Doctor on the case making locally-produced hand sanitizer

As a Prince George emergency doctor who also runs a primary care medical clinic, Daryl Leiski saw a need for locally-produced hand sanitizer the day he went to order some for his clinic.

Worldwide demand and the need for alcohol-based sanitizer as means to kill the coronavirus  has drained supplies of known manufacturers and when Leiski couldn’t find a supplier that got him thinking about a plan to utilize his expertise as the owner of a downtown brewery/distillery to make his own disinfectant hand product.

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On Wednesday morning, the first bottles of made-in-Prince-George hand sanitizer will be poured at Trench Brewing, which has teamed up with Leiski’s CrossRoads Brewing in a joint venture to make the product.

“I didn’t go into the distilling business to make sanitizer, it’s just something that became necessary and we can do it,” said Leiski. “The government, both federal and provincial, made it possible for distilleries to manufacture hand sanitizer without going through the usual six- or eight-month or longer process to get a Health Canada-approved product.”

The brand name of the product will be called Salveo, the name of Leiski’s walk-in clinic, a Latin word which means, “In good health, to be well.”

The two local craft breweries have a history of working together in business which dates back three years ago when Trench introduced its beer products to the masses in the first year of AleFest under the licence obtained by CrossRoads. By teaming up on the hand sanitizer initiative they share the costs of manufacturing, bottling, labeling and distribution.

The product will be sold directly through each of the breweries’ websites – and – and at the two breweries. The city’s Catholic schools have put in an order and it is available in bulk for wholesalers to market. Leiski is hoping local stores, restaurants, pubs, churches, dental and medical offices and other business or individuals will also buy it.

“We’re taking orders right now for hand sanitizer in anywhere from 60 (millilitre bottles) to 3.78-litre jugs,” said CrossRoads general manager Michael Temperley. “We will have the ability to ship in pretty substantial volume within about seven days.

“Businesses are looking for the 500ml pump jars, so a hair salon or insurance company could buy two of the pumps and one of the big jugs to fill them.”

Costs range from $12 for a 500ml jars to $20 for a 750ml bottle-shaped container. The 3.78-l jugs will sell for $65 or $70. The product is made from four ingredients – ethyl alcohol, hydrogen peroxide, glycerin and water – the standard World Health Organization recipe.

CrossRoads, at 508 George St., is set up to produce spirits at its on-site distillery but is currently awaiting municipal and provincial inspection for a spirits manufacturing licence to make gin, vodka and alcoholic seltzers. That means the 80 per cent alcohol needed for sanitizer has to be outsourced. Once Leiski gains approval to produce the alcohol locally from malted barley used for the brewery that will reduce the cost of making the sanitizer. Bottling and hand-labeling the sanitizer is labour-intensive and that will be a limiting factor on how much can be produced in the initial stages.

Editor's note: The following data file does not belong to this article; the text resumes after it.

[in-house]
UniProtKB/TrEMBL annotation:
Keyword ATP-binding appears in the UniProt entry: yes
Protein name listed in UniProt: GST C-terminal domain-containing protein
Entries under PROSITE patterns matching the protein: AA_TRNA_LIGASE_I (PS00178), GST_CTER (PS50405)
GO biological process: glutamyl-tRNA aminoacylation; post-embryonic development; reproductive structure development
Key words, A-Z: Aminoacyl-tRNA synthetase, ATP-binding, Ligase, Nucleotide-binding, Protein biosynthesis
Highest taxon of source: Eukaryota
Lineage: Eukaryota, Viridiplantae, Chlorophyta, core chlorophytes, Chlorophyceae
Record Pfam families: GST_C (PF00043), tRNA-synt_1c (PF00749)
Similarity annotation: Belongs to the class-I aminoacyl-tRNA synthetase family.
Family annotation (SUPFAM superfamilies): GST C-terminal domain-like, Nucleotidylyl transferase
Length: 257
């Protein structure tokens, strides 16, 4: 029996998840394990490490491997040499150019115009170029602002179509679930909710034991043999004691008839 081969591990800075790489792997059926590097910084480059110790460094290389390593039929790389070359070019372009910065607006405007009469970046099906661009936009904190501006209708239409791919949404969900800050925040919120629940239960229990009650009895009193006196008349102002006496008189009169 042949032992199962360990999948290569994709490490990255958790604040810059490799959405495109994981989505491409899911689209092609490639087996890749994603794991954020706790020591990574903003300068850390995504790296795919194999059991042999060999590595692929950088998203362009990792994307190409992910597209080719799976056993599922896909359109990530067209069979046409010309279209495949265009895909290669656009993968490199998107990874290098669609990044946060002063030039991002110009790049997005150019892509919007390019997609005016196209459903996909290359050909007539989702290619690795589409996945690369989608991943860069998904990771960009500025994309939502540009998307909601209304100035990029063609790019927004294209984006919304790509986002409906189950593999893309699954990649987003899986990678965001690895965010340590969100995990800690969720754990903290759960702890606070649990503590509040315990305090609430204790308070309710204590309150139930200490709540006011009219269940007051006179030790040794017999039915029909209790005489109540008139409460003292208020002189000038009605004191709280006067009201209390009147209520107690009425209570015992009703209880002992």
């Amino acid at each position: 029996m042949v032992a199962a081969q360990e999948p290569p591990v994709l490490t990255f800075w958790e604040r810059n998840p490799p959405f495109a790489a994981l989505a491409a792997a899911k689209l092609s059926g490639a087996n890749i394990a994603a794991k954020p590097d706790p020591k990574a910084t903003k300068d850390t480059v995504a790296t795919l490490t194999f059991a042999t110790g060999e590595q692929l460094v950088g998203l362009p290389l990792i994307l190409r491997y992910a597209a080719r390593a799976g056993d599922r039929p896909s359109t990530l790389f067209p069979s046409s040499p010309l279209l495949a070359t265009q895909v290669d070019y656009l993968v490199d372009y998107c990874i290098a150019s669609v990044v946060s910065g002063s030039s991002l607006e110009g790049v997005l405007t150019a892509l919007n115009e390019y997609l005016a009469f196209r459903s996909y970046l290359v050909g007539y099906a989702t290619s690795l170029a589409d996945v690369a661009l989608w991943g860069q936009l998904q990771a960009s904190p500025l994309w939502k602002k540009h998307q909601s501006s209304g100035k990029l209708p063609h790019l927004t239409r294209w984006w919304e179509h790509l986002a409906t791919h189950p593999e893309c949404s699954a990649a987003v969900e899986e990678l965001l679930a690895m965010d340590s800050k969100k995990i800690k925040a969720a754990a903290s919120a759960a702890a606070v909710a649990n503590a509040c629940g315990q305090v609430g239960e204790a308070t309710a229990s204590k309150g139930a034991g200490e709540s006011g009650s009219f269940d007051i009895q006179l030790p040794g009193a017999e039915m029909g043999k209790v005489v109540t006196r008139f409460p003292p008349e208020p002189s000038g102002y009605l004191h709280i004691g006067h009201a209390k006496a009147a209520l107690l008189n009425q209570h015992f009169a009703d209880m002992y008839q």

Worldwide demand for supplies of empty containers has made them difficult to find but Leiski has enough 500ml pump containers to fill 2,000 in the first batch to be bottled on Wednesday at Trench Brewing’s headquarters at 399 Second Ave. Half of those will be distributed free of charge to local non-profit agencies.

Leiski foresees an ongoing need for the product after the pandemic ends. People have become conditioned to washing their hands frequently to minimize the risk of virus transmission and that is likely to become a permanent habit, especially in the cold-weather months, as way to combat cold and flu season.

Leiski, 56, grew up in Prince George and is a D.P. Todd Secondary School graduate. He’s been a medical doctor since 1996. He and Bjorn Butow, the other principal owner, opened CrossRoads Brewing in 2016.

“Before medicine, back in the early ‘90s, I wanted to open a brewery and then medical school got in the way – well I had no money,” Leiski chuckled.

CrossRoads plans to reopen its restaurant and outdoor patio next Monday, operating at 50 per cent capacity. The province, in its Phase 2 reopening plan, has restrictions in place which limit groups of no more than 10 people seated together. Some restaurants and pubs opened for the first time in two months last week but Leiski delayed it by a week to ensure his staff were familiar with the new provincial restrictions.


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